Jeffrey and Carrla Goldstein seem to have all the makings of a power couple from a reality TV show.
They host events for local religious groups at their tony mansion outside Atlanta, complete with a bowling alley and a mural of themselves posing with celebrities. A local news publication once referred to them as their community’s “Brad and Angelina,” and their twin children were reportedly featured on the TV show “Teen Cribs.”
But the pair’s ostentatious lifestyle has another side: A lawsuit accuses their company, TickBox TV, of being one of the most prominent and fastest-growing facilitators of online piracy. TickBox TV sells set-top boxes that promise free streaming of movies and television shows.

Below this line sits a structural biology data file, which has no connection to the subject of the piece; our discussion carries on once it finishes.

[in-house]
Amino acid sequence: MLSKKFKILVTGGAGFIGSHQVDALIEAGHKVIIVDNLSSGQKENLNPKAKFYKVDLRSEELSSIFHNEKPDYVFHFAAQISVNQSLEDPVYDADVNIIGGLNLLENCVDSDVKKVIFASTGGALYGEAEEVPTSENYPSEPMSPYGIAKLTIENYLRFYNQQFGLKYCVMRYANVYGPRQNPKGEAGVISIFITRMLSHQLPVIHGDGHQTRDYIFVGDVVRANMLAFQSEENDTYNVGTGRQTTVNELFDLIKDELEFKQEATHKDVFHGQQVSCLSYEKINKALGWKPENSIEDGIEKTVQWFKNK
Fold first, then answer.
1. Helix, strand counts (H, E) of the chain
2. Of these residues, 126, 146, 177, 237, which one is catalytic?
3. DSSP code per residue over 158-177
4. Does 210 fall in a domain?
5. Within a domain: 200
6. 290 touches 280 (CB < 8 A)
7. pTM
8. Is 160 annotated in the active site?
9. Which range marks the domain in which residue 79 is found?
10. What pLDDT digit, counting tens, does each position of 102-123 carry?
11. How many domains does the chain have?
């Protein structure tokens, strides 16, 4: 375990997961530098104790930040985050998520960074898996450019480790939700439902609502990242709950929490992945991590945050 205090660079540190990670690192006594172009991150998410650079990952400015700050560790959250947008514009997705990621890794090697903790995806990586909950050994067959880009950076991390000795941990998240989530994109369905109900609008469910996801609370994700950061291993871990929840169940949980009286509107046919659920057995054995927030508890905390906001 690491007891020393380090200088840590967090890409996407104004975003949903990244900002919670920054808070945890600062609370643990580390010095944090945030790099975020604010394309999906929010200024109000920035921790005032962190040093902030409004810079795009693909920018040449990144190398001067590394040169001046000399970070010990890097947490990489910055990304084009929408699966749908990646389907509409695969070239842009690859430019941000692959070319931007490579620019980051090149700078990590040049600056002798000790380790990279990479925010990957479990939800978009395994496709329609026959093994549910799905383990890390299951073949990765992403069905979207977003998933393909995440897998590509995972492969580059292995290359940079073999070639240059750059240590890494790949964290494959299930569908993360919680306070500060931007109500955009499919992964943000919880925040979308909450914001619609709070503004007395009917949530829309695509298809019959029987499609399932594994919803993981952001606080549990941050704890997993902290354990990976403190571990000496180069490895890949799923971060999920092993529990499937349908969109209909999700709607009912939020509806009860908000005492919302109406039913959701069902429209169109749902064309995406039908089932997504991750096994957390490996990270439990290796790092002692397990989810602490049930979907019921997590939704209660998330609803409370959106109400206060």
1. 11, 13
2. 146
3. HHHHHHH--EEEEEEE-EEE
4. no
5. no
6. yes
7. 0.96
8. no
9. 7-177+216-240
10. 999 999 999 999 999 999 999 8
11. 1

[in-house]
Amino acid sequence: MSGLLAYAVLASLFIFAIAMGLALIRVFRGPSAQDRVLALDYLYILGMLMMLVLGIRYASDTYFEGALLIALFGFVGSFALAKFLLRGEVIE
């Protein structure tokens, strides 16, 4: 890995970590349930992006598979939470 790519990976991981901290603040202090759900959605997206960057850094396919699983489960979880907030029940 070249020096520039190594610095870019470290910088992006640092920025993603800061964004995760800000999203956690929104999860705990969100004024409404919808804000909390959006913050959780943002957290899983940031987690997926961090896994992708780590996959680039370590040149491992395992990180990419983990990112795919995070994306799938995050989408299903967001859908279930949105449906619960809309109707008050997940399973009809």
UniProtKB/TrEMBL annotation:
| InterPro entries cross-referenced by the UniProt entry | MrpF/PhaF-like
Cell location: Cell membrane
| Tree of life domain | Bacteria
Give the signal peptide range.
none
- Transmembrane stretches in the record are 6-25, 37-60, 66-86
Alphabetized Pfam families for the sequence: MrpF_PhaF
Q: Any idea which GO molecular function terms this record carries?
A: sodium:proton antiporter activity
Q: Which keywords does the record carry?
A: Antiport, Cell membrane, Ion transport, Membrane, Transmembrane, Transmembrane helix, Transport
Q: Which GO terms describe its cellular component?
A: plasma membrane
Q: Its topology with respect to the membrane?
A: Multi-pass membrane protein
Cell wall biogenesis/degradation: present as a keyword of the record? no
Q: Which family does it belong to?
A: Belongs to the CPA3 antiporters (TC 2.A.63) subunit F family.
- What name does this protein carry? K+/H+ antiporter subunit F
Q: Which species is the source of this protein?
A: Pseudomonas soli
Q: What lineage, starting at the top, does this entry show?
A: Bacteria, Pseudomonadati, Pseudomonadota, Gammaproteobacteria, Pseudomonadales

Piracy has long been a scourge of Hollywood, but the emerging technology sold by the Goldsteins has heightened anxieties about the industry’s vulnerability to copyright theft.
TickBox represents a new and growing type of copyright theft that uses streaming devices and apps to make piracy as easy and normal-seeming as watching movies through Apple TV or Roku. The devices, which are listed at about $150, come with instructions to load software “add-ons” created by third-party developers that allow users to stream video from the web for free.